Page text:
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Acquisition of the Novel Name-Nameless Category (N3C) Principle
Carolyn B. Mervis and Jacquelyn Bertrand
Vol. 65, No. 6 (Dec., 1994), pp. 1646-1662
Stable URL: http://www.jstor.org/stable/1131285
Page Count: 17
You can always find the topics here!Topics: Children, Child development, Words, Vocabulary, Child psychology, Permanence, Legal objections, Vocabulary skills, Experimentation, First language acquisition
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Toddlers' acquisition of the Novel Name-Nameless Category (N3C) principle was examined to investigate the developmental lexical principles framework and the applicability of the specificity hypothesis to relations involving lexical principles. In Study 1, we assessed the ability of 32 children between the ages of 16 and 20 months to use the N3C principle (operationally defined as the ability to fast map). As predicted, only some of the children could fast map. This finding provided evidence for a crucial tenet of the developmental lexical principles framework: Some lexical principles are not available at the start of language acquisition. Children who had acquired the N3C principle also had significantly larger vocabularies and were significantly more likely to demonstrate 2-category exhaustive sorting abilities than children who had not acquired the principle. The 2 groups of children did not differ in either age or object permanence abilities. The 16 children who could not fast map were followed longitudinally until they attained a vocabulary spurt; at that time, their ability to fast map was retested (Study 2). Results provided a longitudinal replication of the findings of Study 1. Implications of these findings for both the developmental lexical principles framework and the specificity hypothesis are discussed.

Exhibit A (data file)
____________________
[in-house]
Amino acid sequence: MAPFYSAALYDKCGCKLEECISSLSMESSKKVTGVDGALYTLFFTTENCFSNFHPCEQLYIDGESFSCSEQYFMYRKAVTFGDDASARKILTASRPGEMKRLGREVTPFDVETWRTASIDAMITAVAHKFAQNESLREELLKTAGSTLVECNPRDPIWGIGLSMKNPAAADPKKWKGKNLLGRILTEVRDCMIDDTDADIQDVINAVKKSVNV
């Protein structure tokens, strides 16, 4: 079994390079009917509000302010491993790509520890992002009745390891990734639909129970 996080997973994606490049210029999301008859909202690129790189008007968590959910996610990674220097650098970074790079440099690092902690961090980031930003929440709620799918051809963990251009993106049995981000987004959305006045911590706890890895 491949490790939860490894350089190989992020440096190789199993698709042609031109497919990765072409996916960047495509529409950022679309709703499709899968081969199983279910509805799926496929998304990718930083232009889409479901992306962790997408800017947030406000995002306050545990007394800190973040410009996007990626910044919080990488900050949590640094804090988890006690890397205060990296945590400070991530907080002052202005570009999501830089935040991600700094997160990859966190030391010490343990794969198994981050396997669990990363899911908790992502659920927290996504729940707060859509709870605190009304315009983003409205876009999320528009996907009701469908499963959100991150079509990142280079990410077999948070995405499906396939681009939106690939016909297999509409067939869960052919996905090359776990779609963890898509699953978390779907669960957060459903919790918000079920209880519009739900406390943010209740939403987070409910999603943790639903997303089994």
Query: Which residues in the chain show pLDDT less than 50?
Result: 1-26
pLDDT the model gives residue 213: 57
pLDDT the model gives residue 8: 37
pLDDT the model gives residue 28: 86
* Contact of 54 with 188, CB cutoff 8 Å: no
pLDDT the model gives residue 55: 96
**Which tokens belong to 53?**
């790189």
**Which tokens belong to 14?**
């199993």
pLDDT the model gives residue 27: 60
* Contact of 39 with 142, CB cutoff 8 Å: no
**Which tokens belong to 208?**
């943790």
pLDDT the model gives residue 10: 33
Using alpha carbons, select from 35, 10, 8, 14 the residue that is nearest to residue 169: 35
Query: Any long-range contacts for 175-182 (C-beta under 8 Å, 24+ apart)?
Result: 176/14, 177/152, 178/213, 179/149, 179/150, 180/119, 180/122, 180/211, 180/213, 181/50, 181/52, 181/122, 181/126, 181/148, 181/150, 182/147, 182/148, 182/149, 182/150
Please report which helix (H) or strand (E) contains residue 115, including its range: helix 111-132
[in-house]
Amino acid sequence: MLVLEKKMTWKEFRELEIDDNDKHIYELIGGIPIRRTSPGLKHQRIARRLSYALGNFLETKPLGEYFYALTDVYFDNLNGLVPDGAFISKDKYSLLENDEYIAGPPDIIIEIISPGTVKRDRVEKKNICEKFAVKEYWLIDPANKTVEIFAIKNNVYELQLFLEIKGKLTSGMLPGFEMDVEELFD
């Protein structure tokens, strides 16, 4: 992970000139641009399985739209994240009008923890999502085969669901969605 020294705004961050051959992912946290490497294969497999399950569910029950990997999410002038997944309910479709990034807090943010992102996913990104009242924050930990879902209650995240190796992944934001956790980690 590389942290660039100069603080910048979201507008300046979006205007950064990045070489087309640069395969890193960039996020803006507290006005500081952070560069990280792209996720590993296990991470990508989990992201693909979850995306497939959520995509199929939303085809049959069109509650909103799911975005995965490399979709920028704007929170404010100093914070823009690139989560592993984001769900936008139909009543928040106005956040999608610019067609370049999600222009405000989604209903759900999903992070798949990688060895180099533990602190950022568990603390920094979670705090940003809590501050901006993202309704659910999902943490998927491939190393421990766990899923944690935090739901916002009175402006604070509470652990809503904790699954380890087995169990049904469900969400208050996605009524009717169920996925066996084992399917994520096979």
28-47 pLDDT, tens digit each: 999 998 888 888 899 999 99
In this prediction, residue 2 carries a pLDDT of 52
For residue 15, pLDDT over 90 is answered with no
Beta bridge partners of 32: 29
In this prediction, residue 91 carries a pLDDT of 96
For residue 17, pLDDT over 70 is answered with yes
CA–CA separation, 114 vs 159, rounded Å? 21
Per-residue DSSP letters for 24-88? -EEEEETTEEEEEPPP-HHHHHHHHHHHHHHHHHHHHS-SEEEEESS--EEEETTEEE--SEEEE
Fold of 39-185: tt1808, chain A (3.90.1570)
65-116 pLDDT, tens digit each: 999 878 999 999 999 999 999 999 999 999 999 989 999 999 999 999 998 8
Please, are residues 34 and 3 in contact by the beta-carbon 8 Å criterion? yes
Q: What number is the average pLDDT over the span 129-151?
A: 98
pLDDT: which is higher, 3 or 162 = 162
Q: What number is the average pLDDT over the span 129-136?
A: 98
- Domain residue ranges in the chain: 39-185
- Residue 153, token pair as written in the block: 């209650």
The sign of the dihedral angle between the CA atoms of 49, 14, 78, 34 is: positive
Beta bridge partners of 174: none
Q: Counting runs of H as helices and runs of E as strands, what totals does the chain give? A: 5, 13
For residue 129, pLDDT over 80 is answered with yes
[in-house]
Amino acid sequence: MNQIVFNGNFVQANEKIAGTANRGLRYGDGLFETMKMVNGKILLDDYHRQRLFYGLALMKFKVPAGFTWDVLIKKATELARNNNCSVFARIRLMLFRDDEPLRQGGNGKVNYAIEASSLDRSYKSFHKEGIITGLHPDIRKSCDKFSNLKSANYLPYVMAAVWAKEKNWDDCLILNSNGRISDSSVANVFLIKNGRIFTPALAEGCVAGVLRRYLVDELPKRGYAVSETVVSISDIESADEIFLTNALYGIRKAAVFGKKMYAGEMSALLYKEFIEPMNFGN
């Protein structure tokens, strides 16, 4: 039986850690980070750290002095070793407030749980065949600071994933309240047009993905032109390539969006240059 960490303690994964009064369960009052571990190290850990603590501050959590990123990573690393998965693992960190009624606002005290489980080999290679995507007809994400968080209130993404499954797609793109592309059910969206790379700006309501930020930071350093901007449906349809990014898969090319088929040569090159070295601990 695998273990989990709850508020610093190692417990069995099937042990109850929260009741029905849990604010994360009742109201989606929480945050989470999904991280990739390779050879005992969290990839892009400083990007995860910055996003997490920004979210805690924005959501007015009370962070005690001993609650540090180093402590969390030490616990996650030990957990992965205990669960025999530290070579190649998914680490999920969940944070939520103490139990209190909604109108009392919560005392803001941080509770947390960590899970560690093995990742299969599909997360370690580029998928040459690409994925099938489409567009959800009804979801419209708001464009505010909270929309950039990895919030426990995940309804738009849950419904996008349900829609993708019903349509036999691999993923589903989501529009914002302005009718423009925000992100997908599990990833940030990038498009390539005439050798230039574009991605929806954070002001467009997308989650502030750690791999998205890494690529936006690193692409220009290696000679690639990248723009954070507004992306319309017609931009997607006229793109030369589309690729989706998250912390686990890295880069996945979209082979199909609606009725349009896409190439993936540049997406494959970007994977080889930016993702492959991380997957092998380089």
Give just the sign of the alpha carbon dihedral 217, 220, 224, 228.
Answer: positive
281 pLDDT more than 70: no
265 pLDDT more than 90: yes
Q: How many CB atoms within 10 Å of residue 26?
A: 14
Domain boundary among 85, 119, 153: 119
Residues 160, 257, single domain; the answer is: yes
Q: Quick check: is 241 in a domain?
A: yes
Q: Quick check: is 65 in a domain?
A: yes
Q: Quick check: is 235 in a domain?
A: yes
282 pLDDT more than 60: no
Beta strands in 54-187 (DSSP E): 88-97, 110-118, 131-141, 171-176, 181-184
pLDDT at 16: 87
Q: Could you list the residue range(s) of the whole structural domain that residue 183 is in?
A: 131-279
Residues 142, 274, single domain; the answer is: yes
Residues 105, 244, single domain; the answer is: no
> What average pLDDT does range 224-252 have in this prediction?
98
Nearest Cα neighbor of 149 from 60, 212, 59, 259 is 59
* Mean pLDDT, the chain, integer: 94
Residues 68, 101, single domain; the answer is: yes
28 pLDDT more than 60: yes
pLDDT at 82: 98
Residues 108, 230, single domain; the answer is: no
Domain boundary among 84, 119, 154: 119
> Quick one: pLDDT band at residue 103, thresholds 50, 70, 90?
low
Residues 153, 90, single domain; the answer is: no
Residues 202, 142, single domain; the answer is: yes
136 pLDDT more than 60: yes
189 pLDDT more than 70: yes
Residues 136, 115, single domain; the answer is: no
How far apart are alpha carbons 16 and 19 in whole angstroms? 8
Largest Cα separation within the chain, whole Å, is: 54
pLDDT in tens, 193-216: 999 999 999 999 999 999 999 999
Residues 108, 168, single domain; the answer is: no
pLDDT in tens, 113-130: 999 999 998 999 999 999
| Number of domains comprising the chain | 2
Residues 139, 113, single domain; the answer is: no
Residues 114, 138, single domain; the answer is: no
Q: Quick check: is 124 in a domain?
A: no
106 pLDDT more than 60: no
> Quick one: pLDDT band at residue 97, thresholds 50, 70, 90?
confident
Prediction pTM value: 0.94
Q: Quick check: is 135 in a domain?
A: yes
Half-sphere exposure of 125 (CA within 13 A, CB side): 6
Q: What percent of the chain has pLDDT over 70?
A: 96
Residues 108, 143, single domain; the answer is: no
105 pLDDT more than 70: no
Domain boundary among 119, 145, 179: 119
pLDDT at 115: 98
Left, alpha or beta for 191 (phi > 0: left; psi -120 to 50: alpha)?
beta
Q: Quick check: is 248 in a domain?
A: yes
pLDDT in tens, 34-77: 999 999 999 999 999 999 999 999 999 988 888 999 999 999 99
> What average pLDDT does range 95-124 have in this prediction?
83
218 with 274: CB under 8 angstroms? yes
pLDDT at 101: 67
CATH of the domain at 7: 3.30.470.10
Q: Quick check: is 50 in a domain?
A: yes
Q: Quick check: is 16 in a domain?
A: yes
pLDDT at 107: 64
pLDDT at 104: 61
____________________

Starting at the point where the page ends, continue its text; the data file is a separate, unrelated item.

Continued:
Child Development © 1994 Society for Research in Child Development